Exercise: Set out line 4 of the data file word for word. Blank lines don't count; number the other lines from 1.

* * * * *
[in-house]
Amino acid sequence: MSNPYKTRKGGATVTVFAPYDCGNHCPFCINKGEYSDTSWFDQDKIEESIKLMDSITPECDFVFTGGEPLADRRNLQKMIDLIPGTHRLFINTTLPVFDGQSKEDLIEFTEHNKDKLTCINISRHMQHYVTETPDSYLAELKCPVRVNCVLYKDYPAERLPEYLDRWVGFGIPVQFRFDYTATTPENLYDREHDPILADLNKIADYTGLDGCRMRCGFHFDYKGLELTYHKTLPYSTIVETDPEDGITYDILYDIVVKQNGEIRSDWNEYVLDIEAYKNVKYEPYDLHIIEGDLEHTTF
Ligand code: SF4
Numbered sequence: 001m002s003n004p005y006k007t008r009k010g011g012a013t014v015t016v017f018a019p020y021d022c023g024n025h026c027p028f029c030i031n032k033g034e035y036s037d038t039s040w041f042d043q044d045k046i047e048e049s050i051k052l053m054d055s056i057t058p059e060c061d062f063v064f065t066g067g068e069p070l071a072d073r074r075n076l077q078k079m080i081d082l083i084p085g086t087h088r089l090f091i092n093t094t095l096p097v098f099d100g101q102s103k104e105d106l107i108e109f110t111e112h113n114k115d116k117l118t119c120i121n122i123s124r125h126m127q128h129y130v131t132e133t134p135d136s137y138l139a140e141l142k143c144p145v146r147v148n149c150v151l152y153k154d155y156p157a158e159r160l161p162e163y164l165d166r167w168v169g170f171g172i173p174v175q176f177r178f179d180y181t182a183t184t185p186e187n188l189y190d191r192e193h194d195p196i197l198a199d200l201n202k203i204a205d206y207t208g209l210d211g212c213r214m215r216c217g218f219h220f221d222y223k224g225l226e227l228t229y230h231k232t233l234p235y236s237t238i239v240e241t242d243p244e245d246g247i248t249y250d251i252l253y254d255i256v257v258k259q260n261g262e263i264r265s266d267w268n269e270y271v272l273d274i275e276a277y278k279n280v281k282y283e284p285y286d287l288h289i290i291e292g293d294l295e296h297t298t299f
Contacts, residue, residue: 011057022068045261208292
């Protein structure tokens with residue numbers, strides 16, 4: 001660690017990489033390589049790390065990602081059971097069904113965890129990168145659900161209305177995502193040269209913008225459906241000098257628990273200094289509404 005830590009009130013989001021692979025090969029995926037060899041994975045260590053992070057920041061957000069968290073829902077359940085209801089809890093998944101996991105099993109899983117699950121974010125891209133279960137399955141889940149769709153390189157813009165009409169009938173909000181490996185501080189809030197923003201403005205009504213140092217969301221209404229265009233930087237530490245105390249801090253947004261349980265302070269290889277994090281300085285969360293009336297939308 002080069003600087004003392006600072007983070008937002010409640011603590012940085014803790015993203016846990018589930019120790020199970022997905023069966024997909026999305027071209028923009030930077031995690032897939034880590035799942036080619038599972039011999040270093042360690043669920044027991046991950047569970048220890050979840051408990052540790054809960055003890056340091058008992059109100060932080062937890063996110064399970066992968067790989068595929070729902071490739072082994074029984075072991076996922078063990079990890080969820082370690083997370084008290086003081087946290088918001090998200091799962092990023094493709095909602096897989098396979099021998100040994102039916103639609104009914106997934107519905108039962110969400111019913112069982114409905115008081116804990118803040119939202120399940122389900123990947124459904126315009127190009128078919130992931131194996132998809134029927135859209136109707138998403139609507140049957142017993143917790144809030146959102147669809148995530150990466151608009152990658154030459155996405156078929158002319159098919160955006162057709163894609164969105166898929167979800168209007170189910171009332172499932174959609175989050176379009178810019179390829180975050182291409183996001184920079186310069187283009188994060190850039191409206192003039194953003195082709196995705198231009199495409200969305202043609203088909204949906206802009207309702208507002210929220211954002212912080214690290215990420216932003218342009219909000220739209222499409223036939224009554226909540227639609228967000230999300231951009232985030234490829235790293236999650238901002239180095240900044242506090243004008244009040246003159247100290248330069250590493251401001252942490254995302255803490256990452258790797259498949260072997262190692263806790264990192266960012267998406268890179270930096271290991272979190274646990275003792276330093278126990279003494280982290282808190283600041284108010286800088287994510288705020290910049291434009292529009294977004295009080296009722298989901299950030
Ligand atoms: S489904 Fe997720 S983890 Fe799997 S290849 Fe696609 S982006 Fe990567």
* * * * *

Numbered sequence: 001m002s003n004p005y006k007t008r009k010g011g012a013t014v015t016v017f018a019p020y021d022c023g024n025h026c027p028f029c030i031n032k033g034e035y036s037d038t039s040w041f042d043q044d045k046i047e048e049s050i051k052l053m054d055s056i057t058p059e060c061d062f063v064f065t066g067g068e069p070l071a072d073r074r075n076l077q078k079m080i081d082l083i084p085g086t087h088r089l090f091i092n093t094t095l096p097v098f099d100g101q102s103k104e105d106l107i108e109f110t111e112h113n114k115d116k117l118t119c120i121n122i123s124r125h126m127q128h129y130v131t132e133t134p135d136s137y138l139a140e141l142k143c144p145v146r147v148n149c150v151l152y153k154d155y156p157a158e159r160l161p162e163y164l165d166r167w168v169g170f171g172i173p174v175q176f177r178f179d180y181t182a183t184t185p186e187n188l189y190d191r192e193h194d195p196i197l198a199d200l201n202k203i204a205d206y207t208g209l210d211g212c213r214m215r216c217g218f219h220f221d222y223k224g225l226e227l228t229y230h231k232t233l234p235y236s237t238i239v240e241t242d243p244e245d246g247i248t249y250d251i252l253y254d255i256v257v258k259q260n261g262e263i264r265s266d267w268n269e270y271v272l273d274i275e276a277y278k279n280v281k282y283e284p285y286d287l288h289i290i291e292g293d294l295e296h297t298t299f